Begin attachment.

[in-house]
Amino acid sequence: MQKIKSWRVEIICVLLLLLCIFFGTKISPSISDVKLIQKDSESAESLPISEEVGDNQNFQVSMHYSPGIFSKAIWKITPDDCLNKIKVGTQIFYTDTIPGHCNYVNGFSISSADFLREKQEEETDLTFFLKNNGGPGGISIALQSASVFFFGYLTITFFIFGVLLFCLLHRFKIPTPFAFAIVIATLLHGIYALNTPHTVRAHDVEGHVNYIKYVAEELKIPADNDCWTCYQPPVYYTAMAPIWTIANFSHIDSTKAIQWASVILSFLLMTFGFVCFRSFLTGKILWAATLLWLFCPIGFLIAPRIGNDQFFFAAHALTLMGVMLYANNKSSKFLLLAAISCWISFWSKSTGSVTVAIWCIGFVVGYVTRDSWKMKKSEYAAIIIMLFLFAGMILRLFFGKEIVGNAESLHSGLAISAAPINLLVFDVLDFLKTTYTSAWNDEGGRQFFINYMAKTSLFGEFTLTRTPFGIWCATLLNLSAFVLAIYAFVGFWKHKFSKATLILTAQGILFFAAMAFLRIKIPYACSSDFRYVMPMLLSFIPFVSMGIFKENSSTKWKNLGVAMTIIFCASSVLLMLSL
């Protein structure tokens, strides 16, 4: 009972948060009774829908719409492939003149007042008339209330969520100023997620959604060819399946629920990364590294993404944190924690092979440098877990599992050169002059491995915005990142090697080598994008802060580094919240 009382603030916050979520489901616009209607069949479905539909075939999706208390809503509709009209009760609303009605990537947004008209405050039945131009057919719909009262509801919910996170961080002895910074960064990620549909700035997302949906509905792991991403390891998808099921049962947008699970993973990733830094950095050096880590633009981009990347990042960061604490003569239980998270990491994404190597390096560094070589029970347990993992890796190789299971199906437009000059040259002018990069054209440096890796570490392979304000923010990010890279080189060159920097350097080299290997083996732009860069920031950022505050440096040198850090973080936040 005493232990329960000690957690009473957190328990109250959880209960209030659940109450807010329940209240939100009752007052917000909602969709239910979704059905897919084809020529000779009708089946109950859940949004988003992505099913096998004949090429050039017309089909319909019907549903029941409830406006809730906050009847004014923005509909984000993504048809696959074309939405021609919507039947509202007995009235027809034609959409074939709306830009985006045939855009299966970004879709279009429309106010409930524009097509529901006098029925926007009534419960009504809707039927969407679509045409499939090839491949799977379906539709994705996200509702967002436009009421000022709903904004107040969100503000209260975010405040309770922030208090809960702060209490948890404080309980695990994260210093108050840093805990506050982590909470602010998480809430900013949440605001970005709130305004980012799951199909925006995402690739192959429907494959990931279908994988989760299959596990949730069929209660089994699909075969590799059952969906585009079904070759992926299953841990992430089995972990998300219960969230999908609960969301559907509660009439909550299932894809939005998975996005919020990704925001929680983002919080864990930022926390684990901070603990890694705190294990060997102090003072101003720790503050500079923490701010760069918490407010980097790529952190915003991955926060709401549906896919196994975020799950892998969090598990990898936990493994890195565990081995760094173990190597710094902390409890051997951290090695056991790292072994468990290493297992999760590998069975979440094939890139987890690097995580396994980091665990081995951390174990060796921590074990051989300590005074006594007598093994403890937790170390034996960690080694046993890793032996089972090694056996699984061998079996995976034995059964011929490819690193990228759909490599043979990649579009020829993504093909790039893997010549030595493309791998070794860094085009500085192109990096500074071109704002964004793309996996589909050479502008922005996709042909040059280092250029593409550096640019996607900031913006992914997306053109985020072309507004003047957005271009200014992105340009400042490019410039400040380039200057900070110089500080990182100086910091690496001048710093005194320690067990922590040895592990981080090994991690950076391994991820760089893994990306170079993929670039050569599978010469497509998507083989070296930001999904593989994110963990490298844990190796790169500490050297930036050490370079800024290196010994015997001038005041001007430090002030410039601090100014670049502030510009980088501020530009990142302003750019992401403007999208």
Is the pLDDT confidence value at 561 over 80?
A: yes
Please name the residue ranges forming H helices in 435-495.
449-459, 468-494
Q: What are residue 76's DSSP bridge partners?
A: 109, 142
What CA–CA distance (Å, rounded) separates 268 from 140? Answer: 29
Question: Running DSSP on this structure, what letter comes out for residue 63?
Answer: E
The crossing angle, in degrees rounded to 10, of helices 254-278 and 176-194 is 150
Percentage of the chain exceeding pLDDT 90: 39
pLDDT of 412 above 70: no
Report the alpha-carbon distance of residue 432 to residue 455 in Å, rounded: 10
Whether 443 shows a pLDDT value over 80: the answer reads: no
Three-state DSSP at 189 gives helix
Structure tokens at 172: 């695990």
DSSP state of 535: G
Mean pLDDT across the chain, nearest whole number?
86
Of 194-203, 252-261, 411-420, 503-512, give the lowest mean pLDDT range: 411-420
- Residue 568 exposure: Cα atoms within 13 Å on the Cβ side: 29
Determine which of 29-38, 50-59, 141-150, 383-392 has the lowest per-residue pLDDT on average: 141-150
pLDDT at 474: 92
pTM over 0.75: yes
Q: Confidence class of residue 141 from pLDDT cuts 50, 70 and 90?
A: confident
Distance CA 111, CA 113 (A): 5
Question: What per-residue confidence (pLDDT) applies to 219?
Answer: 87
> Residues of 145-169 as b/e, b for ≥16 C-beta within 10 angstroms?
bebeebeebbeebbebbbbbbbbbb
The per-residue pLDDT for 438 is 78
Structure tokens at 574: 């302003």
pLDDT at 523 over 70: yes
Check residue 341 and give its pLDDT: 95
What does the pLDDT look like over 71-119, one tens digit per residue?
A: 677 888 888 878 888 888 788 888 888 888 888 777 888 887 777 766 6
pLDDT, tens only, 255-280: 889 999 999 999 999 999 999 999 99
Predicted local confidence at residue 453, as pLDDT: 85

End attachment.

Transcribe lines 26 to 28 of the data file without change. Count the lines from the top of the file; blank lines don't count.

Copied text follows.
pLDDT at 474: 92
pTM over 0.75: yes
Q: Confidence class of residue 141 from pLDDT cuts 50, 70 and 90?